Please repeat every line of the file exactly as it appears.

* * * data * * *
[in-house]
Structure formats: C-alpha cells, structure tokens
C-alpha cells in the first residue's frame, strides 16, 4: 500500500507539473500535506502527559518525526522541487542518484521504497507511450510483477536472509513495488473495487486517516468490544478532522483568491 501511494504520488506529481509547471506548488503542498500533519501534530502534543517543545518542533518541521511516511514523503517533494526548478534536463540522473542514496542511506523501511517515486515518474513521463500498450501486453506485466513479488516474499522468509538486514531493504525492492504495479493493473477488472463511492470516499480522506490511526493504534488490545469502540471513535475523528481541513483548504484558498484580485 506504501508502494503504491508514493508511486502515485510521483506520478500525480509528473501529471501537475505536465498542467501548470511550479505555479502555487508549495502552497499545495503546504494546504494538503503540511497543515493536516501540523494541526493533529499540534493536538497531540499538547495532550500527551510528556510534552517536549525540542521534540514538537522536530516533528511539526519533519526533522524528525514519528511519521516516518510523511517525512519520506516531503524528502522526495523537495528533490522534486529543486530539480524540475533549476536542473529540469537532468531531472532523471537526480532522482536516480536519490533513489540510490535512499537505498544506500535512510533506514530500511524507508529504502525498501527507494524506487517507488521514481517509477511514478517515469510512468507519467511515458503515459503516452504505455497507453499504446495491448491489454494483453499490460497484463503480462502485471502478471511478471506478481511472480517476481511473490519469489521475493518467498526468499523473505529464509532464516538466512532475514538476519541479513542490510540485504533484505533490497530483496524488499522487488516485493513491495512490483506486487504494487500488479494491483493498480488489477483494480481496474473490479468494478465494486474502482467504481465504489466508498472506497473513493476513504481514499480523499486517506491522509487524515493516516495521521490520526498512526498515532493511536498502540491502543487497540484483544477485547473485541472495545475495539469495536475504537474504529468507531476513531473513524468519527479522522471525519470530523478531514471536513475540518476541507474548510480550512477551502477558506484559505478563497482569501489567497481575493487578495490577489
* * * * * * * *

[in-house]
Structure formats: C-alpha cells, structure tokens
C-alpha cells in the first residue's frame, strides 16, 4: 500500500507539473500535506502527559518525526522541487542518484521504497507511450510483477536472509513495488473495487486517516468490544478532522483568491 501511494504520488506529481509547471506548488503542498500533519501534530502534543517543545518542533518541521511516511514523503517533494526548478534536463540522473542514496542511506523501511517515486515518474513521463500498450501486453506485466513479488516474499522468509538486514531493504525492492504495479493493473477488472463511492470516499480522506490511526493504534488490545469502540471513535475523528481541513483548504484558498484580485 506504501508502494503504491508514493508511486502515485510521483506520478500525480509528473501529471501537475505536465498542467501548470511550479505555479502555487508549495502552497499545495503546504494546504494538503503540511497543515493536516501540523494541526493533529499540534493536538497531540499538547495532550500527551510528556510534552517536549525540542521534540514538537522536530516533528511539526519533519526533522524528525514519528511519521516516518510523511517525512519520506516531503524528502522526495523537495528533490522534486529543486530539480524540475533549476536542473529540469537532468531531472532523471537526480532522482536516480536519490533513489540510490535512499537505498544506500535512510533506514530500511524507508529504502525498501527507494524506487517507488521514481517509477511514478517515469510512468507519467511515458503515459503516452504505455497507453499504446495491448491489454494483453499490460497484463503480462502485471502478471511478471506478481511472480517476481511473490519469489521475493518467498526468499523473505529464509532464516538466512532475514538476519541479513542490510540485504533484505533490497530483496524488499522487488516485493513491495512490483506486487504494487500488479494491483493498480488489477483494480481496474473490479468494478465494486474502482467504481465504489466508498472506497473513493476513504481514499480523499486517506491522509487524515493516516495521521490520526498512526498515532493511536498502540491502543487497540484483544477485547473485541472495545475495539469495536475504537474504529468507531476513531473513524468519527479522522471525519470530523478531514471536513475540518476541507474548510480550512477551502477558506484559505478563497482569501489567497481575493487578495490577489